WSJ has a fascinating story on how one company prices its product:
In early 2001, shortly after Donald Washkewicz took over as chief executive of Parker Hannifin Corp., he came to an unnerving conclusion. The big industrial-parts maker’s pricing scheme was crazy.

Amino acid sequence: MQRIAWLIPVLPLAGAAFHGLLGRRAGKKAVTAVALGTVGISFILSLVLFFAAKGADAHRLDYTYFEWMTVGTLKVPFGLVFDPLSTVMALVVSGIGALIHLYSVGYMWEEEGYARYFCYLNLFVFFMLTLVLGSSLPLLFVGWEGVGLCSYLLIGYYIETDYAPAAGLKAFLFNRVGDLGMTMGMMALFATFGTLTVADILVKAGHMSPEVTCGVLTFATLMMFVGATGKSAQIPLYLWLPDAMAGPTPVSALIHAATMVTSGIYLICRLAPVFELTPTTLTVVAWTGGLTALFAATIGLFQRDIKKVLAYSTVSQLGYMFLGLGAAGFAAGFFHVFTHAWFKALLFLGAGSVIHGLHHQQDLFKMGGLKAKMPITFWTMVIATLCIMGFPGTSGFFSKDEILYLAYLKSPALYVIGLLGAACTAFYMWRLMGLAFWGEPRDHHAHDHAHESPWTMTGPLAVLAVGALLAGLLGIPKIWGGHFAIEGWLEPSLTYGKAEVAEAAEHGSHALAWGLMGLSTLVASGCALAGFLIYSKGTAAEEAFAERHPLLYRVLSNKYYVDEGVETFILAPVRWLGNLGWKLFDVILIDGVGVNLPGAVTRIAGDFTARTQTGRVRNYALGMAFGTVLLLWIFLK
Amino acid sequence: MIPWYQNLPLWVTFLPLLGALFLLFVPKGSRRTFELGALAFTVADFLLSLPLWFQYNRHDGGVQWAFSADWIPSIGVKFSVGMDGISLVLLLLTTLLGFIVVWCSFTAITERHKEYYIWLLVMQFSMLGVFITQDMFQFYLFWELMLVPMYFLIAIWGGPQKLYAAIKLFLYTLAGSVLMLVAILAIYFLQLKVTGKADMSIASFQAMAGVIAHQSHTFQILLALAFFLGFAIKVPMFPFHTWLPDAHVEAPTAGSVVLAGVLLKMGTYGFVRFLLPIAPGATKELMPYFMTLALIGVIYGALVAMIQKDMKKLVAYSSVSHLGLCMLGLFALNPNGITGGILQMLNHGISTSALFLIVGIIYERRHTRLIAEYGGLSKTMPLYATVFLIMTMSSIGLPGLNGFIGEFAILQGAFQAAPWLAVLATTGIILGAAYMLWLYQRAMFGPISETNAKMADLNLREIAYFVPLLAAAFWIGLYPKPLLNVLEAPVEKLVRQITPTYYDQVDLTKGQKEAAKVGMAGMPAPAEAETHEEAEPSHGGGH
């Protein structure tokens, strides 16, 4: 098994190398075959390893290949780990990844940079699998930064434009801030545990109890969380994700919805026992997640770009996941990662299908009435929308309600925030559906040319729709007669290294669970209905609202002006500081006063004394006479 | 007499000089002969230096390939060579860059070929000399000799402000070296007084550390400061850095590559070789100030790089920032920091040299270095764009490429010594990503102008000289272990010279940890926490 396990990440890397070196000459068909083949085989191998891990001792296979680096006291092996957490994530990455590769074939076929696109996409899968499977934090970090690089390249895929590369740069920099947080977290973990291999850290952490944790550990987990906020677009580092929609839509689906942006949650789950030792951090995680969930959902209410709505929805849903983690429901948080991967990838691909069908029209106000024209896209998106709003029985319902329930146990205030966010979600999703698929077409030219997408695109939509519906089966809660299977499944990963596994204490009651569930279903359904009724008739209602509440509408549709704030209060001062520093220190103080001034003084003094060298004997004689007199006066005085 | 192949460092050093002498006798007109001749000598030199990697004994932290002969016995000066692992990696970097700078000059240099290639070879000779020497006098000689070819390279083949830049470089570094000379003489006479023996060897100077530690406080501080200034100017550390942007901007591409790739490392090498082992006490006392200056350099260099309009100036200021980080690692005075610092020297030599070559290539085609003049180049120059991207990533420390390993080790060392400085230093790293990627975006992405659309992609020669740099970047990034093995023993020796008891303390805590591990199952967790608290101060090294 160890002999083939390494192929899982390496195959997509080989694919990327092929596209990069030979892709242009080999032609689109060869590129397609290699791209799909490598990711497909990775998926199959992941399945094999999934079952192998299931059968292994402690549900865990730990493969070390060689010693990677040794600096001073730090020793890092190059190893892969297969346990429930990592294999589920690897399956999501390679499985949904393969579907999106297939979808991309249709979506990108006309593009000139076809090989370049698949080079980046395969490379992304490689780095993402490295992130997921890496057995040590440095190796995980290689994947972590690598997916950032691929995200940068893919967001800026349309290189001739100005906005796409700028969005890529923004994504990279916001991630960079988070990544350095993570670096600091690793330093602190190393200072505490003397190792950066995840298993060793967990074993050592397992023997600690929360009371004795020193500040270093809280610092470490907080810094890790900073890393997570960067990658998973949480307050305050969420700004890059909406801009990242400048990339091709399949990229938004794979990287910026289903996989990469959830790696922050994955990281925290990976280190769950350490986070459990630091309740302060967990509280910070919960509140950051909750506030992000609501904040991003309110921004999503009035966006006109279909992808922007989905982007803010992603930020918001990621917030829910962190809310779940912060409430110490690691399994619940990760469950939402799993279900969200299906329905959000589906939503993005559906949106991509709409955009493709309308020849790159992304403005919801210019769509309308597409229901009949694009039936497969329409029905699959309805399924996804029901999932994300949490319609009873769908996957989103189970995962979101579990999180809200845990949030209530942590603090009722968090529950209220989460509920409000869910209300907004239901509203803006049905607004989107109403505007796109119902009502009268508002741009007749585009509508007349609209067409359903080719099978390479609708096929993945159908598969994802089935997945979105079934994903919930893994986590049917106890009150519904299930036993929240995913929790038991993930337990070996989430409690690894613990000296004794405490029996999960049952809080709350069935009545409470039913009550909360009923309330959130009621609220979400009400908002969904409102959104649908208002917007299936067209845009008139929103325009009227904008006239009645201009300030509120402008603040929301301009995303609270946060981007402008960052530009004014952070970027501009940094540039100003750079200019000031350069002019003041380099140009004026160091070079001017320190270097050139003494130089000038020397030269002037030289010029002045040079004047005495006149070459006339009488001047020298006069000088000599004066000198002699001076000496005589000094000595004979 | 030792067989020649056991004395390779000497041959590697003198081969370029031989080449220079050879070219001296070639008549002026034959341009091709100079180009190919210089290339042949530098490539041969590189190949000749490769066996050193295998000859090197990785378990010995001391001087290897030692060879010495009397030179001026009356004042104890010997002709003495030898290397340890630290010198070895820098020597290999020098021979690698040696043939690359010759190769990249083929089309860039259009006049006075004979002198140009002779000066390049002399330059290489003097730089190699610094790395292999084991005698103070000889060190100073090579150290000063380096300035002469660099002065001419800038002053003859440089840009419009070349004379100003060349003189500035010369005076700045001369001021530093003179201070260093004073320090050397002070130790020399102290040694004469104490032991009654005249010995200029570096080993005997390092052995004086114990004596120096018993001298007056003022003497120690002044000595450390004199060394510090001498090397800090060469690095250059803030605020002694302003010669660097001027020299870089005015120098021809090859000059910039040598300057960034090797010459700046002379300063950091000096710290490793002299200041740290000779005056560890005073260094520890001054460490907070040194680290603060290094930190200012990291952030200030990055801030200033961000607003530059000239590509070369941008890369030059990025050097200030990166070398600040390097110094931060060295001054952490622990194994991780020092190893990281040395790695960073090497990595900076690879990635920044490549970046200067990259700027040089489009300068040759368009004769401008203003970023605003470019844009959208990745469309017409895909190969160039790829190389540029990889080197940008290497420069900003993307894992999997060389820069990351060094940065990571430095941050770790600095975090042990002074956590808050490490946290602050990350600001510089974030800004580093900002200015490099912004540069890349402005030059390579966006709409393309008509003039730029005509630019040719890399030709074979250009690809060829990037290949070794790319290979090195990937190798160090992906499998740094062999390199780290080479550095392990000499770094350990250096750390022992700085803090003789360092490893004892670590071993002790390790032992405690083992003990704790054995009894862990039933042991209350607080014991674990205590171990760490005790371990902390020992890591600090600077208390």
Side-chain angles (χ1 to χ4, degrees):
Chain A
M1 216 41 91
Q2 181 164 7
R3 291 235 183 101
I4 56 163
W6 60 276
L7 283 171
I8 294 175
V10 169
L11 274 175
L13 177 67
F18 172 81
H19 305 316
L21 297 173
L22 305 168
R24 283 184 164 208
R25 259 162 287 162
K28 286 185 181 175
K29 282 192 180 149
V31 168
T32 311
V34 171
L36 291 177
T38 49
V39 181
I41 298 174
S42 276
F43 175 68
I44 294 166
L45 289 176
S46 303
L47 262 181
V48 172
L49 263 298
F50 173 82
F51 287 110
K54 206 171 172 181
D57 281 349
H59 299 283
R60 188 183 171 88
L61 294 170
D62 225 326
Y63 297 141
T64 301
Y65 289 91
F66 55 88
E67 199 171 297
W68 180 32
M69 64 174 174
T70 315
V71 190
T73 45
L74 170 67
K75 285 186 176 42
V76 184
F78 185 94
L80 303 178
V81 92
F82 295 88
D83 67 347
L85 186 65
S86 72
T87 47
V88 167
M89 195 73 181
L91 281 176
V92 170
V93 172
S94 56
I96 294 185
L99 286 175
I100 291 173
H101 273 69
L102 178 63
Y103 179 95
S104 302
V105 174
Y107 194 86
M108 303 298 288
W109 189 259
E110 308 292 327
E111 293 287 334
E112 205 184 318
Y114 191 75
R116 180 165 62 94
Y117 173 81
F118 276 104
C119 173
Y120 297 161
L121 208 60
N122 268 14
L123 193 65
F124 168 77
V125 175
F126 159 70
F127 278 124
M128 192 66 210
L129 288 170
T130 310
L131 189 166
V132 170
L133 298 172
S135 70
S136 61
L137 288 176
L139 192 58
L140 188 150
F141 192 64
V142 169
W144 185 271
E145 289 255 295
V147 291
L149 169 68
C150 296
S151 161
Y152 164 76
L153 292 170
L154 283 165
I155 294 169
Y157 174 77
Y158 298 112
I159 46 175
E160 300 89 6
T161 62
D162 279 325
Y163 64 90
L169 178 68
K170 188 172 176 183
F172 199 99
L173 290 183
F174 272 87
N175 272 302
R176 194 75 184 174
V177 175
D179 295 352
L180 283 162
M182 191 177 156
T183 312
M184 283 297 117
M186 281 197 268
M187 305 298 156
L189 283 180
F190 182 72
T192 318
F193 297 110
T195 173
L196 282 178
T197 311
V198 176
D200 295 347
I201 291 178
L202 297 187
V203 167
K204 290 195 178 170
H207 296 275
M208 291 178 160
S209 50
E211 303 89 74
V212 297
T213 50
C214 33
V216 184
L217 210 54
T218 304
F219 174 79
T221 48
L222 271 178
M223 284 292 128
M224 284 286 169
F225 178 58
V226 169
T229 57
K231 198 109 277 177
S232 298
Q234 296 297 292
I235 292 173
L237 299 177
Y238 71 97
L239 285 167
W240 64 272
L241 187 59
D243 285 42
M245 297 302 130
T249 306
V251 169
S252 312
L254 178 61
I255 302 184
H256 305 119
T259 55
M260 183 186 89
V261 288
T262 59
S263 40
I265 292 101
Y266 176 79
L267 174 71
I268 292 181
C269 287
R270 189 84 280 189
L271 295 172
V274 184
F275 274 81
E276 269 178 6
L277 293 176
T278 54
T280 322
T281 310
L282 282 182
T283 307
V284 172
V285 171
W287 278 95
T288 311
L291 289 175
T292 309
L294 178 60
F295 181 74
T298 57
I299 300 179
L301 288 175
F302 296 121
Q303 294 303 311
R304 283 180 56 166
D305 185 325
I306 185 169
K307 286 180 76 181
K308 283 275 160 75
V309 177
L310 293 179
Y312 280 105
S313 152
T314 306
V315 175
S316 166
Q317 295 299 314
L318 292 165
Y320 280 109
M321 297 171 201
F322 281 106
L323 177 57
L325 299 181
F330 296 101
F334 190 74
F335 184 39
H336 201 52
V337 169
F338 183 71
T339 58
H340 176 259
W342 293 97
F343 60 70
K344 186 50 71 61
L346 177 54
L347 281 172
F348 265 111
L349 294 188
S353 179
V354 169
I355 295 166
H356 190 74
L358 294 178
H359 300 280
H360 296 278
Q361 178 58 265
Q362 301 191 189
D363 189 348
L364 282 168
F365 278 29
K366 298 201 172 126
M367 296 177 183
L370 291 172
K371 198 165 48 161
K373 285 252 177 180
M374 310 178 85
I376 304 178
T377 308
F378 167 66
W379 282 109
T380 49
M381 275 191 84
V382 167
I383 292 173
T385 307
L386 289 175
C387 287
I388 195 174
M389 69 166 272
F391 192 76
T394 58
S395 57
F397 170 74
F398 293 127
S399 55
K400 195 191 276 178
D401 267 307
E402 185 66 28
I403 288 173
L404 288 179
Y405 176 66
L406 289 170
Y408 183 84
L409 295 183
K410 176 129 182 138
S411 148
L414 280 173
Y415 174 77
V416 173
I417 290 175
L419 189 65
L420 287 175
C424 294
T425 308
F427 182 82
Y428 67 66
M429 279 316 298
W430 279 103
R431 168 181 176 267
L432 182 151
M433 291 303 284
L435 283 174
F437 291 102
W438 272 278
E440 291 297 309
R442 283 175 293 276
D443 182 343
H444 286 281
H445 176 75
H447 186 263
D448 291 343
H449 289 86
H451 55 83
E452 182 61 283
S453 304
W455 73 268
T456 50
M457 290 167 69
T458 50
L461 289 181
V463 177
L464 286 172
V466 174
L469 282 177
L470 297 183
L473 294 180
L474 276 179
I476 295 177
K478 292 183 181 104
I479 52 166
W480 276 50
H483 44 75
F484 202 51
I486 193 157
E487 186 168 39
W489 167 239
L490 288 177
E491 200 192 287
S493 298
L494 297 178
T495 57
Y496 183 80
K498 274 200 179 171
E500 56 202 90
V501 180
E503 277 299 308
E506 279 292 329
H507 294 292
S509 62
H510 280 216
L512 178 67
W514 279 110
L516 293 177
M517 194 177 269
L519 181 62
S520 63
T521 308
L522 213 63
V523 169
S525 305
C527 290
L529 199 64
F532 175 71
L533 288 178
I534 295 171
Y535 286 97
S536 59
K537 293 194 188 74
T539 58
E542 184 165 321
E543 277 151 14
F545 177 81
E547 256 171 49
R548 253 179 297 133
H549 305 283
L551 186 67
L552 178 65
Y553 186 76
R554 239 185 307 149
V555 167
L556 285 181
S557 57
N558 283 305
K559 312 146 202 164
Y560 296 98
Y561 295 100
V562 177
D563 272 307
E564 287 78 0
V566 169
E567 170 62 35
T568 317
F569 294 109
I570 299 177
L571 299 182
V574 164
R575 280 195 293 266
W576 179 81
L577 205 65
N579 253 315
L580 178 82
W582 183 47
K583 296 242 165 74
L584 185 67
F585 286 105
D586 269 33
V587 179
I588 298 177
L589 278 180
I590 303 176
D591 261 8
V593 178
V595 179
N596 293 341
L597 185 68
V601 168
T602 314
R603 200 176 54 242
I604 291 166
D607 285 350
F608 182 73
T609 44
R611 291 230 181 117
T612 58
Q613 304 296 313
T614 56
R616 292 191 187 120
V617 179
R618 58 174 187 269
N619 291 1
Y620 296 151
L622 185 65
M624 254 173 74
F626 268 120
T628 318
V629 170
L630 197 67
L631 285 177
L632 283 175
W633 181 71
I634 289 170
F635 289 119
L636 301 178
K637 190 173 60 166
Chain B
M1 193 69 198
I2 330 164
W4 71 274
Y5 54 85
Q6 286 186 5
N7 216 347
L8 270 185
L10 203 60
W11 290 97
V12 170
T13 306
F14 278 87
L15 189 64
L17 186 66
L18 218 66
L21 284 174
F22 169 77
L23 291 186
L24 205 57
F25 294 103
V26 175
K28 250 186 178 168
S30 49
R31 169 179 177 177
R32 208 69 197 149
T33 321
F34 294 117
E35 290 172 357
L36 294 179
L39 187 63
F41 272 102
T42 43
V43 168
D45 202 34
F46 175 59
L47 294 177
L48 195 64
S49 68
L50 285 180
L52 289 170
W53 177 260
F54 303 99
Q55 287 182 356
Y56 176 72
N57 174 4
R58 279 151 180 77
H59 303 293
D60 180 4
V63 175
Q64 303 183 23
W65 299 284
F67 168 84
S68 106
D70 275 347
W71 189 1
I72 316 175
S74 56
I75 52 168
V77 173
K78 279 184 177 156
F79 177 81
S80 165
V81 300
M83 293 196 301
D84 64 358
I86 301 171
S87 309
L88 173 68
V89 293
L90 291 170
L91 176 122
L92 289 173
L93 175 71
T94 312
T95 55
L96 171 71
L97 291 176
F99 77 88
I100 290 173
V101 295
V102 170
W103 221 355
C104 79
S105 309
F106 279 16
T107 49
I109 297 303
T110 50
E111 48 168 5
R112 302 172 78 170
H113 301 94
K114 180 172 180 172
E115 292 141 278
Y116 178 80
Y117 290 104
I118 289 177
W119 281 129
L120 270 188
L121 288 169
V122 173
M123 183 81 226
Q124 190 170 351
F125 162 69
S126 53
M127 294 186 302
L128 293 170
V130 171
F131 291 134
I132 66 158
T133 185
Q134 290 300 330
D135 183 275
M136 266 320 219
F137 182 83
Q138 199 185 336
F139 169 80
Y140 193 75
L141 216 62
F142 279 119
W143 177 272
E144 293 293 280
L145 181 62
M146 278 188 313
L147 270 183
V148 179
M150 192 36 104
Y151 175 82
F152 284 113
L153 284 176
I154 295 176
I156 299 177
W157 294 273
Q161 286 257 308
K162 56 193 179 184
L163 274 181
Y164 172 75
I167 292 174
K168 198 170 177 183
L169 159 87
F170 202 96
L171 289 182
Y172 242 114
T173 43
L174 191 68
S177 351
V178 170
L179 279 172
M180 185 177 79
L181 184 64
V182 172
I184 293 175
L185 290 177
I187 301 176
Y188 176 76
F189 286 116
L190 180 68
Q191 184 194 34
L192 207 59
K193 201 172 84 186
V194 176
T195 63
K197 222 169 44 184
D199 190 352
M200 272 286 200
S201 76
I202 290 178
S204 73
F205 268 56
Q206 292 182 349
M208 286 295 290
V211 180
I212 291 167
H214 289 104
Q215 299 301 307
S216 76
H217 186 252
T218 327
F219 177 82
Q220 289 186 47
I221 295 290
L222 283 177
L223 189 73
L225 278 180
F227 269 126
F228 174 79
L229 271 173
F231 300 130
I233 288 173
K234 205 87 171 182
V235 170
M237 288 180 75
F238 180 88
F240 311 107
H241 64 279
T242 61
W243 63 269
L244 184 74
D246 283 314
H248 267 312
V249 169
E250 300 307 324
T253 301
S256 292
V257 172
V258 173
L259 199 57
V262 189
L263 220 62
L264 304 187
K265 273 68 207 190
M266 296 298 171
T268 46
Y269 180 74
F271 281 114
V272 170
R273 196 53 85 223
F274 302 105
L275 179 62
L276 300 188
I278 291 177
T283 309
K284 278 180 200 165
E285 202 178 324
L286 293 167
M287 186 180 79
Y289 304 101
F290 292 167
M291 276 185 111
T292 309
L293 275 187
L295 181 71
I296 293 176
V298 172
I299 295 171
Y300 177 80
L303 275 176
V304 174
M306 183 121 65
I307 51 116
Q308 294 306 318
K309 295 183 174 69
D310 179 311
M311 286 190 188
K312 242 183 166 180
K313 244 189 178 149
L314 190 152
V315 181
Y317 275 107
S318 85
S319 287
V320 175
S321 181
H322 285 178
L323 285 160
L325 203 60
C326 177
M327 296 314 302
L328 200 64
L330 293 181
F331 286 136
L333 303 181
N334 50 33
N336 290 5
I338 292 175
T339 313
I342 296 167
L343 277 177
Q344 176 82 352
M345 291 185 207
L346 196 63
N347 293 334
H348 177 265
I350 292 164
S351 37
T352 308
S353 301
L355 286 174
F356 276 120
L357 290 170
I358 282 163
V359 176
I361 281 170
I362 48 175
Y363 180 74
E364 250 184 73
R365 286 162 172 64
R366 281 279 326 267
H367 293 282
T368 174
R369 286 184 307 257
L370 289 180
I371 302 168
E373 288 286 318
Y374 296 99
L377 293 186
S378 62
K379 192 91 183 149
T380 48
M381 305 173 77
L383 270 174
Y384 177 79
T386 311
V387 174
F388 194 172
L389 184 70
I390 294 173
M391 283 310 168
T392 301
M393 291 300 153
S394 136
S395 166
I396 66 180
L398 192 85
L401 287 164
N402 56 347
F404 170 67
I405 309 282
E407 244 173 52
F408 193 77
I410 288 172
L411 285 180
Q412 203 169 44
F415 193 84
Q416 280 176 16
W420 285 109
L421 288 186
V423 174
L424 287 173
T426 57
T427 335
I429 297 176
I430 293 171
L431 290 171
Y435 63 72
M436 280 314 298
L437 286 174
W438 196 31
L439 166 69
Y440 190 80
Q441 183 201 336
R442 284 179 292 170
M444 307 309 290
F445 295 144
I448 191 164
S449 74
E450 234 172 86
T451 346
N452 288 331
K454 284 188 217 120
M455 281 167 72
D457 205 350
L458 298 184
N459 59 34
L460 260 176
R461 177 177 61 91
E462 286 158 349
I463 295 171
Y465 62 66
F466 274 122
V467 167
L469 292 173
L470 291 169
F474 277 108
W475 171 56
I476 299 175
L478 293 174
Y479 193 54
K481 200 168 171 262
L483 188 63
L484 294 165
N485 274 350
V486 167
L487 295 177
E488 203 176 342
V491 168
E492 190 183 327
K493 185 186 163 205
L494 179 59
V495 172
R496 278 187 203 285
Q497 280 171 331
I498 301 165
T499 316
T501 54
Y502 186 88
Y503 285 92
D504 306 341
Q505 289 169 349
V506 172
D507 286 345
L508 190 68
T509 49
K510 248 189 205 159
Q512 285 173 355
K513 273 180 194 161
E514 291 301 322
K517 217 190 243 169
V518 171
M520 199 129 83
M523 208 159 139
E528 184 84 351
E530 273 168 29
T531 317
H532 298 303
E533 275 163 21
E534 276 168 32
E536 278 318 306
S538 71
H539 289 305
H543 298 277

While touring the company’s 225 facilities in 2001, Mr. Washkewicz had an epiphany: Parker had to stop thinking like a widget maker and start thinking like a retailer, determining prices by what a customer is willing to pay rather than what a product costs to make. Such “strategic” pricing schemes are used by many different industries. Airlines know they can get away charging more for a seat to Florida in January than in August. Sports teams raise ticket prices if they’re playing a well-known opponent. Why shouldn’t Parker do the same, Mr. Washkewicz reasoned.